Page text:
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After crowdfunding success, Swiss magazine Republik charts a course to “reclaim journalism as a profession”
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After crowdfunding success, Swiss magazine Republik charts a course to “reclaim journalism as a profession”
“We believe people don’t pay for articles anymore. They pay to be part of the community.”
By Christine Schmidt
“We have built the world that they told us existed”: Did the rise of young, white “Internet reporting” bolster the alt-right?
“Nothing has been better for alt-right trolling (whatever that word even means) than establishment journalism.”
By Laura Hazard Owen
Flush with spectrum-sale dollars, a Pennsylvania PBS station is doubling down on a different kind of local news
“Our goal is a newscast that is complementary to the commercial news”: Think important local issues, not car crashes and sports scores.
By Christine Schmidt
Can signing a “pro-truth pledge” actually change people’s behavior online?
Plus: Fake audio on WhatsApp in India, and do paywalls lead to increased polarization?
By Laura Hazard Owen
What a 2004 experiment in hyperlocal news can tell us about community voices today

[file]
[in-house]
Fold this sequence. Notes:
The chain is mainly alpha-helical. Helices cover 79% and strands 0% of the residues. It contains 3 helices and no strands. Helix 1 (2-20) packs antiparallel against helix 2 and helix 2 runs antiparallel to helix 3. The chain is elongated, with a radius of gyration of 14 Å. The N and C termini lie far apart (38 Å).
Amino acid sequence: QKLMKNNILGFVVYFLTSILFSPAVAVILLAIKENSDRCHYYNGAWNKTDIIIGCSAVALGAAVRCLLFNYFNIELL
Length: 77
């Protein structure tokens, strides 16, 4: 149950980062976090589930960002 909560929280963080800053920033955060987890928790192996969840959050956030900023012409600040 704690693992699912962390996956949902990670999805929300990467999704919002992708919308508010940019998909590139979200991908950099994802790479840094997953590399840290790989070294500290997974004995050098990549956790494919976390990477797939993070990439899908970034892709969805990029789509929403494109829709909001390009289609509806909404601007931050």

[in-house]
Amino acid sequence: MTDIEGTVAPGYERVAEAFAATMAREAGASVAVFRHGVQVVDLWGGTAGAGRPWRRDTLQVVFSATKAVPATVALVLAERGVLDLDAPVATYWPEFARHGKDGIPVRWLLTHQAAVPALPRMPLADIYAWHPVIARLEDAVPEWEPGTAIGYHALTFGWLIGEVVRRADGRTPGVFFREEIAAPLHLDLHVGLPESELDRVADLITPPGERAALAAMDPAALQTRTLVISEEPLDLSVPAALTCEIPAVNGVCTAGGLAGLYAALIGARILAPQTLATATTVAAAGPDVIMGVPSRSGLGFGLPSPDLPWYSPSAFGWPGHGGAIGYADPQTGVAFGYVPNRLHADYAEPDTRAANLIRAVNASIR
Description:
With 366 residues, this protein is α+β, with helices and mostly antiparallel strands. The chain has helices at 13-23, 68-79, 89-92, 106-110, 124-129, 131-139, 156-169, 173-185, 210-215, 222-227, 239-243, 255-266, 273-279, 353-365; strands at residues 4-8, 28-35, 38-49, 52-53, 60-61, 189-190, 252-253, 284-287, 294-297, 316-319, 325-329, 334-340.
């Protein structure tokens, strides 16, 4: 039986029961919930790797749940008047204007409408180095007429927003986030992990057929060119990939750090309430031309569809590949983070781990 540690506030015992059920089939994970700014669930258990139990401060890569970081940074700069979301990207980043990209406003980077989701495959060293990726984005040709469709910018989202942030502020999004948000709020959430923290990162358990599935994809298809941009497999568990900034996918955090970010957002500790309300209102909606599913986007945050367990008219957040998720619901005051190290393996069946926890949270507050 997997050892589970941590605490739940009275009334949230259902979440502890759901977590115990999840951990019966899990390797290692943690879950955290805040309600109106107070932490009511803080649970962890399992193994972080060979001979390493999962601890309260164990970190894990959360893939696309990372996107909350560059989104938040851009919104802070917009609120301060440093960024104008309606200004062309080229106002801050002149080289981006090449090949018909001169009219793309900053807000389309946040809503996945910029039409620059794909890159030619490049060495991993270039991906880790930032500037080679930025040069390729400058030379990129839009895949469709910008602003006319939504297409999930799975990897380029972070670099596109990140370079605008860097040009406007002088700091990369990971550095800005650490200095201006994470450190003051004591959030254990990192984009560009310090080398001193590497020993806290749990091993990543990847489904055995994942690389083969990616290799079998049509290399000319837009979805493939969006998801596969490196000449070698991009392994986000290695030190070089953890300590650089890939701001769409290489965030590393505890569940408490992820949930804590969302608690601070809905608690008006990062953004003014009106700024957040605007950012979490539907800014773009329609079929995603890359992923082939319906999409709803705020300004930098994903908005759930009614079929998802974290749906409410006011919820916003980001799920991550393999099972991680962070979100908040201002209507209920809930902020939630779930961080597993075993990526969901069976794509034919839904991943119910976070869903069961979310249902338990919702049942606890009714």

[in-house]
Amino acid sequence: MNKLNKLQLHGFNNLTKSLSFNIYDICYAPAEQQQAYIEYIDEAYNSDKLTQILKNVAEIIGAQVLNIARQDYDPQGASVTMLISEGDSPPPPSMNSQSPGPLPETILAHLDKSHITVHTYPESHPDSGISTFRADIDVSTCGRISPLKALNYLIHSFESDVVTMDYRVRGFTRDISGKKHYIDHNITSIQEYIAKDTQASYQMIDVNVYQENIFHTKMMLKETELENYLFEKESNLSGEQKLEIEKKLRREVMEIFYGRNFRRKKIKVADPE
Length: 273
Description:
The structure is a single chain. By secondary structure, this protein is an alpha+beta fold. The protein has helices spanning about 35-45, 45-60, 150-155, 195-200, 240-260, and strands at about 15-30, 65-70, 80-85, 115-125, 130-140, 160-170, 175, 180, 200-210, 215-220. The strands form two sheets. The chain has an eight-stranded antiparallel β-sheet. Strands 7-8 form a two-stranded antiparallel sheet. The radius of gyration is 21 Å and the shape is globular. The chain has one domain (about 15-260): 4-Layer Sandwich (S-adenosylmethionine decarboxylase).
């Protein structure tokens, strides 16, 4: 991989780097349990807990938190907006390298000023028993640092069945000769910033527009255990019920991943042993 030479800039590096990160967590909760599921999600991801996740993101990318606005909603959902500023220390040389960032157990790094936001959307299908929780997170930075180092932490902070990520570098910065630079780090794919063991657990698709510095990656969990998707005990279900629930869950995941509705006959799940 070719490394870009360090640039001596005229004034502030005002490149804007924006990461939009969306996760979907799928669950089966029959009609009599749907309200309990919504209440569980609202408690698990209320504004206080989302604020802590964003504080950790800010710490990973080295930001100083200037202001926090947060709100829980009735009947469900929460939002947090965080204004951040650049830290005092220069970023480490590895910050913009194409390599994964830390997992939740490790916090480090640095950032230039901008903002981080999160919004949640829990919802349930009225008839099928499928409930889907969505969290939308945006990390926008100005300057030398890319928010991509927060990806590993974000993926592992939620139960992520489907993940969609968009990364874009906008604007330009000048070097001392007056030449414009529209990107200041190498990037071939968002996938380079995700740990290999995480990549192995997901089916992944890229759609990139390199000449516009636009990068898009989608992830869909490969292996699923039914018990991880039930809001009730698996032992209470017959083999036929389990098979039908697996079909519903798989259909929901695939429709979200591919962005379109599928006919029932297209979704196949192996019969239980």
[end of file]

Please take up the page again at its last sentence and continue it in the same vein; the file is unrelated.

Can a community news platform serve as “technology that protects our minds and replenishes society”?
By Amedeo Tumolillo and Rich Gordon
Is there a big enough global audience interested in China to sustain the South China Morning Post’s ambitious new sites?
With its new verticals Abacus and Inkstone and another on the way, the century-old newspaper is trying to use Alibaba money to build products that both reach a global audience and feel mobile-native.
By Shan Wang
Pear Video produces hundreds of news videos a day across China — with no full-time video journalists
The startup maintains a network of about 30,000 videographers to help source roughly 1,500 videos a day.
By Paloma Almoguera
This program made people better at identifying disinformation. (They still weren’t great at knowing what to trust.)
“Skill for analyzing objective news needs to be developed on its own…it likely needs to be coordinated with the skill for analyzing disinformation-based news.”
By Laura Hazard Owen
What is innovation in local TV news? Andrew Heyward’s new mission is to find out
“It’s a great question because I don’t think we’re suddenly going to come up with some great gimmick and Millennials are going to flock to their TV to watch traditional newscasts.”